• Registered Users Posts: 3,182 ✭✭✭ Davidth88


    Actually since moving to Ireland ( from UK ) 9 yrs ago the problem I see is TOO MUCH signage

    You see myriads of little finger signs ( half of which have twisted in the wind ) pointing all sorts of silly little things . The worst culprits for this is the brown signs pointing to pubs or whatever.


  • Registered Users Posts: 17,950 ✭✭✭✭ Del2005


    Road-Hog wrote: »
    If in doubt at an unsigned junction then surely the obvious thing to do is go stragiht through it.........??

    What about a T junction? The whole point of direction signs is that they are supposed to direct you where you want to go, not the next junction!


  • Registered Users Posts: 368 ✭✭ Empire o de Sun


    Here is what I'd like to see to clearly define areas in Dublin, and other places in Ireland where towns/villages are clustered together.

    picture.php?albumid=742&pictureid=7215

    So as you pass you can see that you are leaving Kilbarrack and entering coolock.


  • Closed Accounts Posts: 454 ✭✭ irishdub14


    Great Idea, but doesn't Raheny border Coolock to the East?


  • Registered Users Posts: 368 ✭✭ Empire o de Sun


    irishdub14 wrote: »
    Great Idea, but doesn't Raheny border Coolock to the East?

    I dunno where the borders are! Do you? ;)

    It's just a sample.


  • Registered Users Posts: 443 ✭✭ Ernest


    I keep seeing suburban road direction signs pointing to "Coolock"as a destination but never to Raheny or Sutton or Killester. These three are real actual places in the sense of identifiable visible villages but Coolock is more an area or a district perhaps even a former village now bypassed by all main roads. So why to the road direction signs always mention Coolock??? Laziness on the part of Council officials?
    Of course I have to agree with the point that there is a general lack of signage especially at key junctions in the city centre where drivers have to make decisions on which way to turn. Examples are too numerous to mention.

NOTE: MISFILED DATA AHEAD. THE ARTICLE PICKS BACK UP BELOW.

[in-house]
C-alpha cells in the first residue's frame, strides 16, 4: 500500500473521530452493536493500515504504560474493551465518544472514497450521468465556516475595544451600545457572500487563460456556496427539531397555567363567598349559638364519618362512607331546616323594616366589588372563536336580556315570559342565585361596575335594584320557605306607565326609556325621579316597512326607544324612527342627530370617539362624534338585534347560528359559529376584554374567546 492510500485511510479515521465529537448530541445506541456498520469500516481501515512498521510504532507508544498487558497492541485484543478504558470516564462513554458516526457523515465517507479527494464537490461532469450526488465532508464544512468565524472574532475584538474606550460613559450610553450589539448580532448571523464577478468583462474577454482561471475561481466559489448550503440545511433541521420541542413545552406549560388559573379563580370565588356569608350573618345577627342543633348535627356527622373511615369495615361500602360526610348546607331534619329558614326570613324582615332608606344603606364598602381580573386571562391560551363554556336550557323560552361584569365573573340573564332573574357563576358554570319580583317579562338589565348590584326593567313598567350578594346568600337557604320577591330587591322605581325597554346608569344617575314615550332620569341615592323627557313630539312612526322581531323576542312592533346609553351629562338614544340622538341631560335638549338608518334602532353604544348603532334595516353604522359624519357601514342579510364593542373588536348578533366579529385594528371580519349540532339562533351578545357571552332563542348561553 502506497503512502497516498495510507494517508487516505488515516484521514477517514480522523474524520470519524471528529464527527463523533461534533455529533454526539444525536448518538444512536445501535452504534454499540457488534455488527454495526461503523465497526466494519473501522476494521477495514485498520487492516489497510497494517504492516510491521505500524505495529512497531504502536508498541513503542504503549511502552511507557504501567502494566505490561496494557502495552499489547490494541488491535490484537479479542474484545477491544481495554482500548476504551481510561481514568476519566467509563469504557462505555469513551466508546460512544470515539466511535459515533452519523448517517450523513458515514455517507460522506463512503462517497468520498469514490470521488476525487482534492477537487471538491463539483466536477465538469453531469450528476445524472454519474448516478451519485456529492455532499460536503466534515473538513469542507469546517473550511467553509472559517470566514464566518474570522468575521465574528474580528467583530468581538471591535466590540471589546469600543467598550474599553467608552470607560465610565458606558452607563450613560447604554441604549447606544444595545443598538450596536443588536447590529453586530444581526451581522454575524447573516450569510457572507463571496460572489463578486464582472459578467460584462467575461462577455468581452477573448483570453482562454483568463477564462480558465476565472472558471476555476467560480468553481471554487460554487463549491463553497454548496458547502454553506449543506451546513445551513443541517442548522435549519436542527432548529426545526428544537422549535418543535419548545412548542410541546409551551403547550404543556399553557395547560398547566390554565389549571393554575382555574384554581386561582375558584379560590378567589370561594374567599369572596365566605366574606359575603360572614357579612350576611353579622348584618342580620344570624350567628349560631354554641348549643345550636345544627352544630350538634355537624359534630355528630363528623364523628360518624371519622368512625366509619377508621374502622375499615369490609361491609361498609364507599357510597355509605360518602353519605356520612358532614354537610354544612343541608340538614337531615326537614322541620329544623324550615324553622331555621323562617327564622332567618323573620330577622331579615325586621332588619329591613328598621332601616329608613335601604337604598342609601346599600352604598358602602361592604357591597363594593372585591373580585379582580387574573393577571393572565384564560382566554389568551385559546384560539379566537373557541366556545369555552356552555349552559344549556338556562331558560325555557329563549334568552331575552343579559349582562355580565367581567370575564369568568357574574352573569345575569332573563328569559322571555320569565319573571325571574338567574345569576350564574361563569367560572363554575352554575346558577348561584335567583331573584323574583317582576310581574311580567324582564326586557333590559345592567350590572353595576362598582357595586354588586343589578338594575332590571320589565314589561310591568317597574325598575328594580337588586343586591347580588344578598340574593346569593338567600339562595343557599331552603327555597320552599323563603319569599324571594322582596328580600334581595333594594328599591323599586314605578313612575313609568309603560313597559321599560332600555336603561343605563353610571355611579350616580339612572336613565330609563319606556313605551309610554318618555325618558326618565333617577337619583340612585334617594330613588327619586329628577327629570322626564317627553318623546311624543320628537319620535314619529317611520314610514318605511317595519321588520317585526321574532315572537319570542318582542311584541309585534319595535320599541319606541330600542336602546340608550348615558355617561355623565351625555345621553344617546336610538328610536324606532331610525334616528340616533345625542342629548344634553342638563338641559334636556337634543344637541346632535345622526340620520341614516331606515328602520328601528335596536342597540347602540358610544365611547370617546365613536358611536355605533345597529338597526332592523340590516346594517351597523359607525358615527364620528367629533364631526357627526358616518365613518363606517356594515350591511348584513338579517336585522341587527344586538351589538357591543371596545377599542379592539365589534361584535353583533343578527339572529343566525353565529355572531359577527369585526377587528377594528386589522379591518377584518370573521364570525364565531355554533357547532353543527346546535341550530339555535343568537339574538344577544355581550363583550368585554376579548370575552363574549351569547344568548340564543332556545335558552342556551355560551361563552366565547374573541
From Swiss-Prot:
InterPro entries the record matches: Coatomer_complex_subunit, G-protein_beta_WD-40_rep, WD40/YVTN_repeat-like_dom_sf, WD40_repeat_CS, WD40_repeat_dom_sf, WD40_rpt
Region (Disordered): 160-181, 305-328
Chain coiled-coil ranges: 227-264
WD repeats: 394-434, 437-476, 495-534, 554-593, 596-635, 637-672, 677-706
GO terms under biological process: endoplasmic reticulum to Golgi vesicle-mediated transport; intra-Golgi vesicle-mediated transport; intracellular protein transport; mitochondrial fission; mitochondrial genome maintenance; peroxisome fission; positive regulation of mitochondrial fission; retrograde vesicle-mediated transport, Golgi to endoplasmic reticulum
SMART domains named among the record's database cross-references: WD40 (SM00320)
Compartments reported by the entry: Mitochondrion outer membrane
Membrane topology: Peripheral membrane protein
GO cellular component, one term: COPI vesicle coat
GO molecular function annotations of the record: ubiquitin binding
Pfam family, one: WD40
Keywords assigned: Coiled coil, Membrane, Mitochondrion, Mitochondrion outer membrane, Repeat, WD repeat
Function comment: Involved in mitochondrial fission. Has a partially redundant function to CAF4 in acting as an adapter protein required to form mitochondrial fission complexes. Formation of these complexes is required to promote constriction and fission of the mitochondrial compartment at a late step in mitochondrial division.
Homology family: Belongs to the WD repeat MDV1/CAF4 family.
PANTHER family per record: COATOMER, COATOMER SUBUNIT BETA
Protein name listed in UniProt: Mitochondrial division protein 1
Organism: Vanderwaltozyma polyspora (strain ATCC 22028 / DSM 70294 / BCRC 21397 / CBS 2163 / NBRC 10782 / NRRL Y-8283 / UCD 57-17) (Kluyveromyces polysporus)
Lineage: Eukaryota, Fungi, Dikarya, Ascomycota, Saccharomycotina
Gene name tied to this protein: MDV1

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  • Registered Users Posts: 1,412 ✭✭✭ Road-Hog


    Del2005 wrote: »
    What about a T junction? The whole point of direction signs is that they are supposed to direct you where you want to go, not the next junction!

    Agreed you need something at a T junction but where do you draw the line with signage. Should there be a sign on every street/regional road and L road informing people how to get to every possible destination?


  • Registered Users Posts: 17,950 ✭✭✭✭ Del2005


    Road-Hog wrote: »
    Agreed you need something at a T junction but where do you draw the line with signage. Should there be a sign on every street/regional road and L road informing people how to get to every possible destination?

    If there's a sign saying go this way to reach X . Then they should have signs on all junctions till you reach X.

    Plenty of countries have sign-age that works it's not rocket science or anything new we need to invent. It's just a typical Irish attitude. "Sure everyone knows you go right after Tom's house to reach Ballygoback".


  • Registered Users Posts: 368 ✭✭ Empire o de Sun


    Ernest wrote: »
    I keep seeing suburban road direction signs pointing to "Coolock"as a destination but never to Raheny or Sutton or Killester. These three are real actual places in the sense of identifiable visible villages but Coolock is more an area or a district perhaps even a former village now bypassed by all main roads. So why to the road direction signs always mention Coolock??? Laziness on the part of Council officials?
    Of course I have to agree with the point that there is a general lack of signage especially at key junctions in the city centre where drivers have to make decisions on which way to turn. Examples are too numerous to mention.